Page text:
The science is remarkable: infants, toddlers and preschoolers all soaking up knowledge faster than we ever thought possible. But what will it take to put that science into practice and give the youngest among us the opportunity for success they deserve?
We're experiencing an unprecedented push to expand and improve early education - not just here in Washington state, but all across the country. Supporters say it could literally change our world.
Several states now offer universal preschool education where families can send their kids to preschool and tax dollars will pay for it. That's not the case in Washington state, but Governor Christine Gregoire did start a Department of Early Learning in 2005, with a budget of more than $360 million. It's a lot of money, but not enough for universal preschool. Still, the case for early childhood education is striking.
In one study conducted over more than 40 years, children who attend preschool are more likely to graduate from high school, more likely to be employed, have higher earnings, more home ownership, bigger savings accounts and fewer lifetime arrests.
The push for better early childhood education also got a boost, with the election of President Barack Obama. He has proposed an $8 billion Early Learning Challenge Fund, that would help provide money for high quality early education.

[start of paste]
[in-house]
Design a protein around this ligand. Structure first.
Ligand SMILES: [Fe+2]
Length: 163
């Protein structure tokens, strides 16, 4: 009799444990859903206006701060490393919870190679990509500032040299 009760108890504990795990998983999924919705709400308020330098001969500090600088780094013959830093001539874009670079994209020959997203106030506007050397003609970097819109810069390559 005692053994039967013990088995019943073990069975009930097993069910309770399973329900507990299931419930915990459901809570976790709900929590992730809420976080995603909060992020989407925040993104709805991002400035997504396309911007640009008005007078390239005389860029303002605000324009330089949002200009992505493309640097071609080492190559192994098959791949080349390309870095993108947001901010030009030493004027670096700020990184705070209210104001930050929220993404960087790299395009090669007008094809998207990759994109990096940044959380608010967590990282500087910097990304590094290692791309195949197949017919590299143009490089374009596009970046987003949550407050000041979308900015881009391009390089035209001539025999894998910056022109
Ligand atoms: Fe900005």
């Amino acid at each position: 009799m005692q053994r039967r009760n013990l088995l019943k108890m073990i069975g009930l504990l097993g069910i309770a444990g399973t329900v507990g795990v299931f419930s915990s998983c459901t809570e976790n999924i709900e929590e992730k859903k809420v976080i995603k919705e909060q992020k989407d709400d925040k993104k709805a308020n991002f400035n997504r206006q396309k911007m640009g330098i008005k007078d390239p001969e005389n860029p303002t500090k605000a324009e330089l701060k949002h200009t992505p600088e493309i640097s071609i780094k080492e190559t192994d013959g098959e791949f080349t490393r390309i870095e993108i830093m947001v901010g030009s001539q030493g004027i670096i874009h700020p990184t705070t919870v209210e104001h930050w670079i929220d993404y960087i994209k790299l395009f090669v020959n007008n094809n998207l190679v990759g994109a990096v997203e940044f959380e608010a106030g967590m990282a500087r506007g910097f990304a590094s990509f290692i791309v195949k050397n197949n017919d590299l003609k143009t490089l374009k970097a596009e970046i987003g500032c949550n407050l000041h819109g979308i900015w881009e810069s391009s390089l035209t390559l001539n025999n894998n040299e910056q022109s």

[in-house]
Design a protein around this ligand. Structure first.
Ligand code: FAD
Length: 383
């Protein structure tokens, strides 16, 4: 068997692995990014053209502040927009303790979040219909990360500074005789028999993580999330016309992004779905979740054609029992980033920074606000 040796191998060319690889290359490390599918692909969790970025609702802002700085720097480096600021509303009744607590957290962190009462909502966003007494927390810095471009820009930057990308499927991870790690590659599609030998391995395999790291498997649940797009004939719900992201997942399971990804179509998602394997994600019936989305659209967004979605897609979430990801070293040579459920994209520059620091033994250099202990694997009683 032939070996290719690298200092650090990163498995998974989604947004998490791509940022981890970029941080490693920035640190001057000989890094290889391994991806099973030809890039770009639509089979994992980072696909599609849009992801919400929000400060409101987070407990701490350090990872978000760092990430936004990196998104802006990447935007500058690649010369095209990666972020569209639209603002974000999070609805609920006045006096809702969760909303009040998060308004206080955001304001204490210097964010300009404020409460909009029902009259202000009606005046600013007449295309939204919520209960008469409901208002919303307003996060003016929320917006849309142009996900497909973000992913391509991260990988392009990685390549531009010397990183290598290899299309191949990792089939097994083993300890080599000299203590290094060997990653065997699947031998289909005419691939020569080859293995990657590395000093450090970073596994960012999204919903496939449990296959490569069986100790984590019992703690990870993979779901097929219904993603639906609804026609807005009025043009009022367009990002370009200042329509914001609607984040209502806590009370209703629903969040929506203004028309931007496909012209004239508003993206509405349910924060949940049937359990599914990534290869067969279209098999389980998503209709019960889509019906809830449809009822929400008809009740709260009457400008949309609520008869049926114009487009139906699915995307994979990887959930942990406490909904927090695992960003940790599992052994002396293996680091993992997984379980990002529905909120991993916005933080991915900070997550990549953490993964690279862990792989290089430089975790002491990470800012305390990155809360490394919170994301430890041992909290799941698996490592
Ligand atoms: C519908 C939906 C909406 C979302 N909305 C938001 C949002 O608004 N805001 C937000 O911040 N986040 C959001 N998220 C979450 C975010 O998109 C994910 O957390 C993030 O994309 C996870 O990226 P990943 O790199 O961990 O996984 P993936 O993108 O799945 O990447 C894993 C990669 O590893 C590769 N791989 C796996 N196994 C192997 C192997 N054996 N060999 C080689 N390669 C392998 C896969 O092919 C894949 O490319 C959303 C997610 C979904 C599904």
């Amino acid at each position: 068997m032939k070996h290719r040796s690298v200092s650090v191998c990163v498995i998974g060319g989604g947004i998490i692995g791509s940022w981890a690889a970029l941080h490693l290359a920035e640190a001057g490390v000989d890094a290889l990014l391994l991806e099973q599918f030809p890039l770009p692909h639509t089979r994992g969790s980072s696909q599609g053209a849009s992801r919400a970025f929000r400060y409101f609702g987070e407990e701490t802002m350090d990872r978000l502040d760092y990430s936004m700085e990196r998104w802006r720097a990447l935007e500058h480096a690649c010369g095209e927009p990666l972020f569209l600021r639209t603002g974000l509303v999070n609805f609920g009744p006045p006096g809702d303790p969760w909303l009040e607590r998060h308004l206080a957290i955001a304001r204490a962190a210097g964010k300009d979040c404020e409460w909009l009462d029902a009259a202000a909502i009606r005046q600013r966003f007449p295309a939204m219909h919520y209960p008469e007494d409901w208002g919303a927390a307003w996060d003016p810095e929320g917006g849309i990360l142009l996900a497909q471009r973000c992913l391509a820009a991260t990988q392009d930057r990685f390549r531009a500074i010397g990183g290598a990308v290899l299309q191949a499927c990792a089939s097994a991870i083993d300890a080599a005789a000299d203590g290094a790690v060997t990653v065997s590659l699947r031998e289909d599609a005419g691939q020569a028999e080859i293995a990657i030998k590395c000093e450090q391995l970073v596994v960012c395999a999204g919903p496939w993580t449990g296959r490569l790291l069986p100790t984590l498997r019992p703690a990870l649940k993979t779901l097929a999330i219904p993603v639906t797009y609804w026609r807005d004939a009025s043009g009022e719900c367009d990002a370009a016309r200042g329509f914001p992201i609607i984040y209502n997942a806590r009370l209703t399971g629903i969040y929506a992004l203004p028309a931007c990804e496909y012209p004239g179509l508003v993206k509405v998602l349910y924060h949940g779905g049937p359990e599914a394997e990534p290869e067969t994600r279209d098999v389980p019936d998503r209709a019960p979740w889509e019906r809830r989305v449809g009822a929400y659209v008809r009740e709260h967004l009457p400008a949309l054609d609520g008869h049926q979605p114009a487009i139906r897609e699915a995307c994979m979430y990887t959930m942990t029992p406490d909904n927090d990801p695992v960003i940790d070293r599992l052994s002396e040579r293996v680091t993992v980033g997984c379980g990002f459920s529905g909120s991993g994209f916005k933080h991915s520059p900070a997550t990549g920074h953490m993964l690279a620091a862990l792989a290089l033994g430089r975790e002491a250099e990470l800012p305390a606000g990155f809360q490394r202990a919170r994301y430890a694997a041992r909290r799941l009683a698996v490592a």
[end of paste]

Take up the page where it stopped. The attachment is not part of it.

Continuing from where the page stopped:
Jacqueline Jones, a senior advisor in the Obama Administration, says it's indeed all about quality.
We're going to work as hard as we can to make sure that the programs in communities are strong, said Jones. There's a strong oral language base the children have, that they really get that enriched pre-literacy background that people are reading to their children, and talking to their children. We're going to make sure that the expectations are very, very high.
But perhaps the single greatest spur to early childhood education has been research on how infants and toddlers learn. And some of the best research is done right here in the Pacific Northwest at the University of Washington.
Babies learn more from zero to three than we do from 30 to 33, from 40 to 43, and 50 to 53, said Andy Meltzoff, University of Washington. Babies learn more in the first few years of life than we ever will again.
Researchers like Meltzoff and PatriciaKuhl at the University of Washington are decipher the way babies learn. We know, for instance, when parents talk to their babies in the way that all parents do, Kuhl calls it Motherese. Babies are actually learning something.
The vowels, if you measure ee, ah and oo - in words like sheep, shoe and keys, they're much more distinct in 'motherese.' They're further apart acoustically. It's like being able to show a baby 'here's what to listen for. Here are the components,' said Kuhl.